In simplified figure painting style that lures the uninitiated into the perception that creating an art piece is not as difficult, Fasuyi, in this body of work, brings his mid-career styles into the contemporary period of his later years, suggesting that the art and the artist cannot afford to remain only in the past glory. Interestingly, some of the works on display, as Fasuyi leads guests through the exhibits, are as recent as 2015 and 2016.
Shortly before leading his guests through the exhibits, the octogenarian told his audience, made up of artists, patrons, scholars and other art enthusiasts, how the occasion had been on his mind for two years. Fasuyi recalled that when he was 80, plans were made for a big celebration, but it could not hold then bacause the chairman of the event and a very close friend of his, died shortly before the date.
In his younger active period, Fasuyi was a modestly exhibited artist. But the 82nd celebration, he enthused, brought him back into the exhibition circuit , 30 years after his last show. “The last time I had this kind of exhibition was 1984, in Paris, France,” he recalled.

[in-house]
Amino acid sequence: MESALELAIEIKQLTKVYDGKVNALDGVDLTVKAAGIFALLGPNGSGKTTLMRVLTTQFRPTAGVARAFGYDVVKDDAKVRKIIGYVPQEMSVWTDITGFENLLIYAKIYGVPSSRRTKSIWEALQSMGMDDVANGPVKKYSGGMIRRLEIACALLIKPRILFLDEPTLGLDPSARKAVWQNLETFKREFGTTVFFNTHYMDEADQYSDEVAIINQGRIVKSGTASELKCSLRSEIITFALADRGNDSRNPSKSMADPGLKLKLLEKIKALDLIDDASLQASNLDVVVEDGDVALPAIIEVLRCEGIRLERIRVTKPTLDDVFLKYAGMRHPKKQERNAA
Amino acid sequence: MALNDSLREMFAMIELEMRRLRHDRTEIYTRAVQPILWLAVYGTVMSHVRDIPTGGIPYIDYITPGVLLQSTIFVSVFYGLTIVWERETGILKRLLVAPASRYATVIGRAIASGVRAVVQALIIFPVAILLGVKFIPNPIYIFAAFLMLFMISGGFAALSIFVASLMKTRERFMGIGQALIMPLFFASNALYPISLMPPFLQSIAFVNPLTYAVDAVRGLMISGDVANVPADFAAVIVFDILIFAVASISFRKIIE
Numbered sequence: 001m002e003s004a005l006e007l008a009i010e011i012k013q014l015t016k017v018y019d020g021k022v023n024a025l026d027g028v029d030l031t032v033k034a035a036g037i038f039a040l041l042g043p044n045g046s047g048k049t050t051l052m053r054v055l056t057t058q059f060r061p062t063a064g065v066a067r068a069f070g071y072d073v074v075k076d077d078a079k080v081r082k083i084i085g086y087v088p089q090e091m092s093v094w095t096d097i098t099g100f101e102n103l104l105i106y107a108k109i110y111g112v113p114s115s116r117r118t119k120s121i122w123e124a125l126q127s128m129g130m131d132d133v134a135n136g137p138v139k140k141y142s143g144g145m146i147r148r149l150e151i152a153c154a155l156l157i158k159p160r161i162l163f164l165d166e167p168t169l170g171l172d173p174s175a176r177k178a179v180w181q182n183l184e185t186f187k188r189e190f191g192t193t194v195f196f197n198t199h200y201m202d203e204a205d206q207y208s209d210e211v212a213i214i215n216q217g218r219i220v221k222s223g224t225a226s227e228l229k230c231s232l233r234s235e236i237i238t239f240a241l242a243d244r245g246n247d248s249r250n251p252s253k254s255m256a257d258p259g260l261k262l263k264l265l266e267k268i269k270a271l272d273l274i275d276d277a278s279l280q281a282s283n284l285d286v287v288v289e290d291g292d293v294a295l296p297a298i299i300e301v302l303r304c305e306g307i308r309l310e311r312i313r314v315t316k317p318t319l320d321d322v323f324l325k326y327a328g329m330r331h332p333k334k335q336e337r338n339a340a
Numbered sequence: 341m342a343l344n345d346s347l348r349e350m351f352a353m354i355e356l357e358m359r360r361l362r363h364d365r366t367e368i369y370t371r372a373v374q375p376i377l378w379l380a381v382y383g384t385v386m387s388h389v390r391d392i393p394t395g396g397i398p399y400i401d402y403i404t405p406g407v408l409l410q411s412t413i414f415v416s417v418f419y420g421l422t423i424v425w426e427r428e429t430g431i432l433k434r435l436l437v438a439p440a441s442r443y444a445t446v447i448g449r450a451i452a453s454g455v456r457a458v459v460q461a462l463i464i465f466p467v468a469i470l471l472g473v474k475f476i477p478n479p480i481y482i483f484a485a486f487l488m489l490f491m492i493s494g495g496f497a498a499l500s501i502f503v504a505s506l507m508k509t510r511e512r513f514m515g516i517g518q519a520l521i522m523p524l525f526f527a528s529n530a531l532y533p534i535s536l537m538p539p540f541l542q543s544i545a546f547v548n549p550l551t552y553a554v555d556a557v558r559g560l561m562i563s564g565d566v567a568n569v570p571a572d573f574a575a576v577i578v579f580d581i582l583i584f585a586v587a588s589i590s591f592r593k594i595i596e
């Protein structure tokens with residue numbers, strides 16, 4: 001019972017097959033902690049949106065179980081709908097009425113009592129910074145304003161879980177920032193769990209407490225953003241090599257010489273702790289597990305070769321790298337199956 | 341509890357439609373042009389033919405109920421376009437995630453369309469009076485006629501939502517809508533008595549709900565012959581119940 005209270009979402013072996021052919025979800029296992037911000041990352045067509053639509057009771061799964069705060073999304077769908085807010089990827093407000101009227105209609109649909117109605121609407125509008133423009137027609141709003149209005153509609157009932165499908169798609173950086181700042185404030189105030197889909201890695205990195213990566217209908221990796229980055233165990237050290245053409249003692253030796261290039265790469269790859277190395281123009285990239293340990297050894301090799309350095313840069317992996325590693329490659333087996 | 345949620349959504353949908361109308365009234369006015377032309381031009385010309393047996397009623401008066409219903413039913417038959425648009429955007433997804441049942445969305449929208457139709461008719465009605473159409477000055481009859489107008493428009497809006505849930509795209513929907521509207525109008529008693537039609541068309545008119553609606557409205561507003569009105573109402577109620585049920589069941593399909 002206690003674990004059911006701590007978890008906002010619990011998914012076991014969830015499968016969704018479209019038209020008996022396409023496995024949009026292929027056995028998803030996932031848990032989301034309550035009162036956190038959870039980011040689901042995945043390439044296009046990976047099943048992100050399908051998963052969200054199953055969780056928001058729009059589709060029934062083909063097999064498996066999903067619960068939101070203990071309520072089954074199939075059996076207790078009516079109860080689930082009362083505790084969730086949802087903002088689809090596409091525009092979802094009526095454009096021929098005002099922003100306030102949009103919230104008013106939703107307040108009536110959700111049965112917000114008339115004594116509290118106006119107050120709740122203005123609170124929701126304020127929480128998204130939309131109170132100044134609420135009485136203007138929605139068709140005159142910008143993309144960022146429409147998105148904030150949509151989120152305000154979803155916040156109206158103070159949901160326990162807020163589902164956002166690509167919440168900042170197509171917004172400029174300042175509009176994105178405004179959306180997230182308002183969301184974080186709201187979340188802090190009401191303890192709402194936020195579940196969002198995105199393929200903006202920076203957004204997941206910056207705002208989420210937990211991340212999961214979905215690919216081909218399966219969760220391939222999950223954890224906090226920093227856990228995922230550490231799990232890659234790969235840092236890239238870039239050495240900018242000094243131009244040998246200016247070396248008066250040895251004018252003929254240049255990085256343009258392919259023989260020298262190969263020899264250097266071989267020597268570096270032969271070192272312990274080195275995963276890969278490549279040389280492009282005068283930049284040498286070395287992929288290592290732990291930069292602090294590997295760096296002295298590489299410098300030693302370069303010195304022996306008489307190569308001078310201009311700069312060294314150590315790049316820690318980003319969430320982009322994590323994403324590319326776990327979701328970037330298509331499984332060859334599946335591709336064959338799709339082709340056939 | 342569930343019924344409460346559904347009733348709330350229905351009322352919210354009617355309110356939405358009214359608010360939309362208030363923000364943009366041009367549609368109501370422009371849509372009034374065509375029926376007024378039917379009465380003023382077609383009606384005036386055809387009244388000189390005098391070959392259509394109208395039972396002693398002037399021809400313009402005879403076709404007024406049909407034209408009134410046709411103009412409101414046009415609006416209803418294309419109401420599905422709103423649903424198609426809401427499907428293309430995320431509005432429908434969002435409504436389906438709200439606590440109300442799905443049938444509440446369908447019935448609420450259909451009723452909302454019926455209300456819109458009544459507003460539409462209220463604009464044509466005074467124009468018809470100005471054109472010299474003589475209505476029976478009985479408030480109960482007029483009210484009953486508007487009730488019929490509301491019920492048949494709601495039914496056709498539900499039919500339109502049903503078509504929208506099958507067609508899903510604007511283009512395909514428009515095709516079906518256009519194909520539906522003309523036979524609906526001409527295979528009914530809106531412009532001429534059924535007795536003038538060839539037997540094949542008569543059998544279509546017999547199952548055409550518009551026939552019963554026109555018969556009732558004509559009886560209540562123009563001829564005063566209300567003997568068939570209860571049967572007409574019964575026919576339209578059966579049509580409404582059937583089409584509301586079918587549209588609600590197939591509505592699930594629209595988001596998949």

Now in 2017 and 33 years after, the location was Adeniyi Jones, Ikeja, a part of Lagos not associated with art. Many decades ago, Fasuyi made efforts to turn the space into arts and culture centre, but he had challenges. Celebrating Fasuyi without putting his contribution into the education sector in proper perspective could prove an incomplete event.
Fasuyi is revered as a foremost educationist in the 1970s and 1980s, as a senior staff in the Federal Ministry of Education. And to articulate the celebrant’s career and life, the event was scheduled to be chaired by a personality that would enrich the celebration: another educationist, Prof. Adamu Baikie. But Otunba Oyin Adedeji, who stood in for Baikie, shared his art education experience.